# What is the difference between single and double quotes in python?

Python uses quotes to represent string objects. They can either be a single quote or double quotes. Both ways are correct and work the same way; however, the difference occurs when these quotes are used together.

In this article, we will learn the difference between single quotes and double quotes.

## Single Quotes in Python

Single quotes should be used to wrap small and short strings in Python, such as string literals or identifiers. You must remember that using single quotes as a character of a string, while representing the string with single quotes, will raise an error. In such cases, using double quotes is recommended. Let us understand it through an example.

### Example

In the following example, we will represent multiple type of strings: a single word, multiple words and multiple sentences.

name = 'Rahul'
print(name)

channel = 'Better Data Science'
print(channel)

paragraph = 'Rahul enjoys the content on Better Data Science. Rahul is awesome. Think like Rahul.'
print(paragraph)

hybrid = 'Hello "World"!'
print(hybrid)


### Output

If we execute the program above, the output is given below −

Rahul
Better Data Science
Rahul enjoys the content on Better Data Science. Rahul is awesome. Think like Rahul.
Hello "World"!


### Example

Let us see another program below; using multiple single quotes in a single string.

hybrid = 'Rahul's World'
print(hybrid)


### Output

The program raises a syntactical error as shown below −

  File "/home/cg/root/96099/main.py", line 1
hybrid = 'Rahul's World'
^
SyntaxError: unterminated string literal (detected at line 1)


Python assumes the string ends after “Rahul”, so anything after that is a syntactical error. In code editors, errors like this are easily identified since the area after We is colored differently.

The ways to get rid of this problem are

• Stop using contractions (we are -> we're) - they're inconvenient.

• Escape a string - This is an option we'll look into next.

• Use double quotation marks.

## Escape a string

The basic goal of escaping a string is to prevent particular characters from being utilized in the computer language. We don't want the apostrophe to be considered as a quote mark, for example.

### Example

To escape a string character in Python, use the backslash (\) sign

hybrid = 'Rahul's World'
print(hybrid)


### Output

The output for this program above is as follows −

Rahul's World


### Example

However, backslash is frequently used as a literal character in strings, such as to represent the path a computer. Let’s see what will happen if you try to print a path with the escape character.

print('C:\Users\John')


### Output

If we compile and run the program above, a syntax error is raised −

C:\Users\John
C:\Users\John


Probably not what you were hoping to see. As it turns out, there are two ways to get away from the escape character −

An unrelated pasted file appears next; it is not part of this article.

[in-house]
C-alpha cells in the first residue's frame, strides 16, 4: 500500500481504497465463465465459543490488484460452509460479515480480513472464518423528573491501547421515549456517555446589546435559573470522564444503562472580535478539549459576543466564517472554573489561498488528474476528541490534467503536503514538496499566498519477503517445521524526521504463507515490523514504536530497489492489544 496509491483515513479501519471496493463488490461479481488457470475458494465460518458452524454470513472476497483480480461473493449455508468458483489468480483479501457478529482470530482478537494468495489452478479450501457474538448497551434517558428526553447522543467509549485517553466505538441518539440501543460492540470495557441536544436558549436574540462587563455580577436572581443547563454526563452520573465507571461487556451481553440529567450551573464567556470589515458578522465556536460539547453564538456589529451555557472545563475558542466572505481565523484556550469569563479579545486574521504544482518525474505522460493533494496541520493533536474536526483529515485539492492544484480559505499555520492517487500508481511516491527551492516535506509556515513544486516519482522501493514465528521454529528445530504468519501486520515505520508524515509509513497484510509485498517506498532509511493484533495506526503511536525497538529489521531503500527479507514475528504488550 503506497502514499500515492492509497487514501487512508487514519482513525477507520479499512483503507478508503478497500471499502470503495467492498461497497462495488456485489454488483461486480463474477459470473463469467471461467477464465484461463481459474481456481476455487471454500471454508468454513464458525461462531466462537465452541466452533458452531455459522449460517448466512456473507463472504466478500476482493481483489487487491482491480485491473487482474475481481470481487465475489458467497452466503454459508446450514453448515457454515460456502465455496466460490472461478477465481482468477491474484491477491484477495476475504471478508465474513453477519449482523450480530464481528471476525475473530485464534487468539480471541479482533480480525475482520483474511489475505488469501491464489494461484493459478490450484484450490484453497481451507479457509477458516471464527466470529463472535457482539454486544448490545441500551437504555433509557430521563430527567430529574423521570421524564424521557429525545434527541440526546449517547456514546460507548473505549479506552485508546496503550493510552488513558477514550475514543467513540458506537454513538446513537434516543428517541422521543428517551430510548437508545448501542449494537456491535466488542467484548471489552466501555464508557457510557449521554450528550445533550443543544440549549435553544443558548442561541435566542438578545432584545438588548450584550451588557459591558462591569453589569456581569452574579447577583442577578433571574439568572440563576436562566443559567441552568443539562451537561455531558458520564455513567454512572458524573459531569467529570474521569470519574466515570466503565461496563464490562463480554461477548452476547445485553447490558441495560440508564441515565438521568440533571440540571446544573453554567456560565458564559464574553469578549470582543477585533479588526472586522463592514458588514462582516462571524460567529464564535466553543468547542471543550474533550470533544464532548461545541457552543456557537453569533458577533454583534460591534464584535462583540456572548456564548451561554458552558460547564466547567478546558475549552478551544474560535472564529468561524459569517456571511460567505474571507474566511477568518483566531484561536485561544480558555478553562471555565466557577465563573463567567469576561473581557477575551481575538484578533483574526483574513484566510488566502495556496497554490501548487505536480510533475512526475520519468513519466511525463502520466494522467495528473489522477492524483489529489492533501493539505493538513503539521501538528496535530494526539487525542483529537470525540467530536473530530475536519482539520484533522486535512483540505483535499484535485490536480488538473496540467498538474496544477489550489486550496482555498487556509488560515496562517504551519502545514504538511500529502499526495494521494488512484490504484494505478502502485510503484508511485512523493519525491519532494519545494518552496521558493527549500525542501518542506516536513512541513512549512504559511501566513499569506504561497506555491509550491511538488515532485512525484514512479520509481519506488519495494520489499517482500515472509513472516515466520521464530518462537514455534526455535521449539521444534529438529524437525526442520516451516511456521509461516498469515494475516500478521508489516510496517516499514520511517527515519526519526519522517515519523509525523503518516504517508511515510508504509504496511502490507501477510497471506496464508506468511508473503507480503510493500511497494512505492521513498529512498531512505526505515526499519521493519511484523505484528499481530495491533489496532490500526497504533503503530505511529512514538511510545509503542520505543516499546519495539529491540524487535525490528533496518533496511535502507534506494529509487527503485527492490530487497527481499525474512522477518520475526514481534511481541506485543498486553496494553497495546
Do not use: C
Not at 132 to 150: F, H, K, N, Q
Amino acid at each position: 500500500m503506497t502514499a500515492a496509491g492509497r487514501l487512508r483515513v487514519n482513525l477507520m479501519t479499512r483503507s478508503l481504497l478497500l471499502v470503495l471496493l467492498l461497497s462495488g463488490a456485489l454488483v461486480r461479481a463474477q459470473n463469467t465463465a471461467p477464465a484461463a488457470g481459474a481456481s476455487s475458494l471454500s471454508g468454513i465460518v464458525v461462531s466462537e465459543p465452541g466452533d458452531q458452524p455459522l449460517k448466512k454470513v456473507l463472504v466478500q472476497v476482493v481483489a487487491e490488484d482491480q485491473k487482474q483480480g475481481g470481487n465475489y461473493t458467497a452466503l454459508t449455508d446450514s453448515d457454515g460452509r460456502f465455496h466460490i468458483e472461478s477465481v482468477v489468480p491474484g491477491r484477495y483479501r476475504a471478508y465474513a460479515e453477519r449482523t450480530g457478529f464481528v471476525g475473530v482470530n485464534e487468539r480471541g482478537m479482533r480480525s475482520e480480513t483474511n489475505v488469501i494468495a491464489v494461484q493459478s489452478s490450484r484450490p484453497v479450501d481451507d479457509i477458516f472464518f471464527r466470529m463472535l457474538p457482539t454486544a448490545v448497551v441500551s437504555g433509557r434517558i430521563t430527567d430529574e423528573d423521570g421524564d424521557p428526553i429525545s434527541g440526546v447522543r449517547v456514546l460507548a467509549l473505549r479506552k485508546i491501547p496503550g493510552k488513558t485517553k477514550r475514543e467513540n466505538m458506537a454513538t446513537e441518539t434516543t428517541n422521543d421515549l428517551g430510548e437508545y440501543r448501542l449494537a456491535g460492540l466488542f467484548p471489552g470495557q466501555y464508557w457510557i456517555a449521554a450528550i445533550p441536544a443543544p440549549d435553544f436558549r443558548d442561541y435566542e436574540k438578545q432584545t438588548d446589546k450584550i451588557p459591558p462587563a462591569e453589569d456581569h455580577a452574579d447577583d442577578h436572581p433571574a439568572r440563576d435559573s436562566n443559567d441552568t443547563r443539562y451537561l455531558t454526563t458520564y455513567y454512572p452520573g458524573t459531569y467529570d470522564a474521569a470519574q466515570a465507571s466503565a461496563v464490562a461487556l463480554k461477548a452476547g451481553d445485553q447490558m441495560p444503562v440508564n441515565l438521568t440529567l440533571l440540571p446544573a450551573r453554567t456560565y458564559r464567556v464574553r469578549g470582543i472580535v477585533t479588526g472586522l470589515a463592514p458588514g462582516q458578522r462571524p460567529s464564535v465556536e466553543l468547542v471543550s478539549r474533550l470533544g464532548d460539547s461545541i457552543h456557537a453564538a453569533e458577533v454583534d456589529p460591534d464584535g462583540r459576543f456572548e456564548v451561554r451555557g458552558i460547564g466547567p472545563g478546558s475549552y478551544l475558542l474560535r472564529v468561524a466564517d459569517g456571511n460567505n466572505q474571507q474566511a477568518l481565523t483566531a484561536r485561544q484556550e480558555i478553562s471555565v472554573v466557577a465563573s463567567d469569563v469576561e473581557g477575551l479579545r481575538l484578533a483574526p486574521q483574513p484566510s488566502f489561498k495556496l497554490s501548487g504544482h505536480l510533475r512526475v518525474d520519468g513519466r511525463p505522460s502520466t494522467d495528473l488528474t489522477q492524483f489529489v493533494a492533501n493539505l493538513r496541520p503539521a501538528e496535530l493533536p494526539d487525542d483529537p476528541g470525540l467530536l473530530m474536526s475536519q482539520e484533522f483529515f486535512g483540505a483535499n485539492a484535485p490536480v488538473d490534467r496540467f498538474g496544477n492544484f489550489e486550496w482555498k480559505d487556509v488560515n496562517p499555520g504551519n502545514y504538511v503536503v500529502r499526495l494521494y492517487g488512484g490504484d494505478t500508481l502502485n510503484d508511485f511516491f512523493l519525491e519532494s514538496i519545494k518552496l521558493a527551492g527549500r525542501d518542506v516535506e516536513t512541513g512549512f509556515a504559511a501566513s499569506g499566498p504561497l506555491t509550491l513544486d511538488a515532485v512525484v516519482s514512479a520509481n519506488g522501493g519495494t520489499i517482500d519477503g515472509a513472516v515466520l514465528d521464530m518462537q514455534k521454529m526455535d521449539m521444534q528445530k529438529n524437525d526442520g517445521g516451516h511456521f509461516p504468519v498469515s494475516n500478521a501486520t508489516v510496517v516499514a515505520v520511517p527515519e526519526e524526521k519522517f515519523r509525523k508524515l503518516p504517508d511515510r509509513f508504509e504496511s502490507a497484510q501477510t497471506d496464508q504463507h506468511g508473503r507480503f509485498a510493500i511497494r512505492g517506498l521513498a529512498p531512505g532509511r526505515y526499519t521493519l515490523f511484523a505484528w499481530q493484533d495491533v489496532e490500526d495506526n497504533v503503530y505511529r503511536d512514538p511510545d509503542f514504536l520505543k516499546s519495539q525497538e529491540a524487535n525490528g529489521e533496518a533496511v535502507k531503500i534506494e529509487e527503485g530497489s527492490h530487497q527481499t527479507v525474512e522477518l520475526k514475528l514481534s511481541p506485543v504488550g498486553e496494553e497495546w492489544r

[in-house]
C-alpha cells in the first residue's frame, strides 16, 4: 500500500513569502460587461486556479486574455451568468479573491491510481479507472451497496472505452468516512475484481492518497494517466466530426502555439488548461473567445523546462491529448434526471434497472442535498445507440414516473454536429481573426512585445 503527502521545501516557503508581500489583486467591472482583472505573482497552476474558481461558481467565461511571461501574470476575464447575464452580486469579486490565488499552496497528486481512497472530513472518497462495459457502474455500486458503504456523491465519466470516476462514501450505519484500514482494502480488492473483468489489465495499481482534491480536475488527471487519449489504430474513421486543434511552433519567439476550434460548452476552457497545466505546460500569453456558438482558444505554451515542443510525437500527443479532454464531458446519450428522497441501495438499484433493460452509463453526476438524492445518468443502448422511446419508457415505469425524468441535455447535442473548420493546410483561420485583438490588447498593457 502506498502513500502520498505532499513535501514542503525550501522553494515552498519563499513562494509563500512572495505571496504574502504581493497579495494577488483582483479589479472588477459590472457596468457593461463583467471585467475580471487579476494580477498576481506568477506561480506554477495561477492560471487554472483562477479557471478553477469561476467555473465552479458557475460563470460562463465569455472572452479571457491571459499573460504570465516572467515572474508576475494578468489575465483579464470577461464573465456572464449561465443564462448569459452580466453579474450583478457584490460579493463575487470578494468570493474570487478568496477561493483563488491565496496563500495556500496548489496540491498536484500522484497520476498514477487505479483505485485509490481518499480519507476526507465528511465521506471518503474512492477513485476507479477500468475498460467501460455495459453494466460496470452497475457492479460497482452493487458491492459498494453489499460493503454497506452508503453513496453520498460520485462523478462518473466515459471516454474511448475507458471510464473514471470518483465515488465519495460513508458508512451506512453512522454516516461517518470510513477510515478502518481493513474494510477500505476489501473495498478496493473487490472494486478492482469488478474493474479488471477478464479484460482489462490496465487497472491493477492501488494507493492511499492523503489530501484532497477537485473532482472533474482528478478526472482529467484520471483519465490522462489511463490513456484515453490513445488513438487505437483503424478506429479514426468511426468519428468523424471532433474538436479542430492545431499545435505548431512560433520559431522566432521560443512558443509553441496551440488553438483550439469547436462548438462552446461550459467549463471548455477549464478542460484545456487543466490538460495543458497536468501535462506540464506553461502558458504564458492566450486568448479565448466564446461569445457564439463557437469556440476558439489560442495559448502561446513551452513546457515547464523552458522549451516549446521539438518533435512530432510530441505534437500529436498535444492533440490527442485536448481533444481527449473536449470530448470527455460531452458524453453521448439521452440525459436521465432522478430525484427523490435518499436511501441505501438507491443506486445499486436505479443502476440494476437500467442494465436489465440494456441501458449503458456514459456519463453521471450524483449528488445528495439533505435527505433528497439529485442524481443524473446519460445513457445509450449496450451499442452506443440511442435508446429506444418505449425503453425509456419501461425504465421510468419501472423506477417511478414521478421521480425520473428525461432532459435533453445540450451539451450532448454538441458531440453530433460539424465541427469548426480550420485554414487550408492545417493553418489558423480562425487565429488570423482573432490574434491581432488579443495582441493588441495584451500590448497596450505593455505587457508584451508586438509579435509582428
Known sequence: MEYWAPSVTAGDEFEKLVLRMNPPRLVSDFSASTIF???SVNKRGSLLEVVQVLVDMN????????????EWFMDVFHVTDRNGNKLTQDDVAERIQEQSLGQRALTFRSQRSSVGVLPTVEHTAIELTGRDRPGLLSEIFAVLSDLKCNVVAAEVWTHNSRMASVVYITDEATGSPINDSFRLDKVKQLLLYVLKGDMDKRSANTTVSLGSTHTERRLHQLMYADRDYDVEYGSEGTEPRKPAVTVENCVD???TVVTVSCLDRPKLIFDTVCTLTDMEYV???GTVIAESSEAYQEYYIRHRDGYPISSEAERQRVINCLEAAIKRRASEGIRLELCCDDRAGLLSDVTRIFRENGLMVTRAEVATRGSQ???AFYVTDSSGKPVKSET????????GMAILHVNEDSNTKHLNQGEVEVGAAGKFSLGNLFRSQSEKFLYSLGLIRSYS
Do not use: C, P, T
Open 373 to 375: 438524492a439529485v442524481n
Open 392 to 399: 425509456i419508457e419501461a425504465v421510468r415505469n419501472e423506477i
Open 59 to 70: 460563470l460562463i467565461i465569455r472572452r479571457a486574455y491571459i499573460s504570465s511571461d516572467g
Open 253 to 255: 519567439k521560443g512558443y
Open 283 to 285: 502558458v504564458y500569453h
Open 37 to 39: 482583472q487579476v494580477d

• Write ‘r’ before the first quote mark if you're using a raw string.

• Use a double backslash to effectively escape the escape character.

Here's how to perform both −

### Example

#Write r before the first quote mark if you're using a raw string
print(r'C:\Users\John')
#Use a double backslash to effectively escape the escape character
print('C:\Users\John')


### Output

If we execute the program above, the output is shown as follows −

C:\Users\John
C:\Users\John


These two rules apply to strings wrapped by single and double quotations. Let us now discuss the usage of double quotes in strings, further in this chapter.

## Double Quotes in Python

Double quotes are recommended for natural language communications, string interpolations, or when you know there will be single quotes within the string. Let us understand better using examples below.

### Example

Let us look at various cases in which double quotes can be used to represent strings in Python, in the following example.

name = 'Rahul'

# Natural language

print("It is easy for us to get confused with the single and double quotes in Python.")
# String interpolation
print(f"{name} said he is free today.")

# No need to escape a character
print("We're going out today.")

# Quotation inside a string
print("my favourite subject is 'maths'")


### Output

If we compile and run the program above, the output is produced as follows −

It is easy for us to get confused with the single and double quotes in Python.
Rahul said he is free today.
We're going out today.
my favourite subject is 'maths'


As you can see, embedding quotations into strings surrounding by double quotation marks is simple. There's also no need to escape a character like we did with single quotes.

### Example

Remember that you cannot use double quotes again in a string that is enclosed by double quotations. This will cause the same syntactic issue as single quotes. Let us see it in the example below.

string = "He said, "I can't handle this anymore"."

print(string)


### Output

The output for the program above is as follows −


File "/home/cg/root/22693/main.py", line 1
string = "He said, "I can't handle this anymore"."
^
SyntaxError: unterminated string literal (detected at line 1)


### Example

To avoid this, you can apply the previous section's approach, but you can instead surround the string in single quotes −

string = 'He said, "I cannot handle this anymore".'

print(string)


### Output

The output is produced as follows −

He said, "I cannot handle this anymore".


## Conclusion

In Python, the difference between single and double quoted strings is negligible. You can use either one for anything as long as you follow your programming conventions. There are some circumstances where one type has an advantage over the other.

Advertisements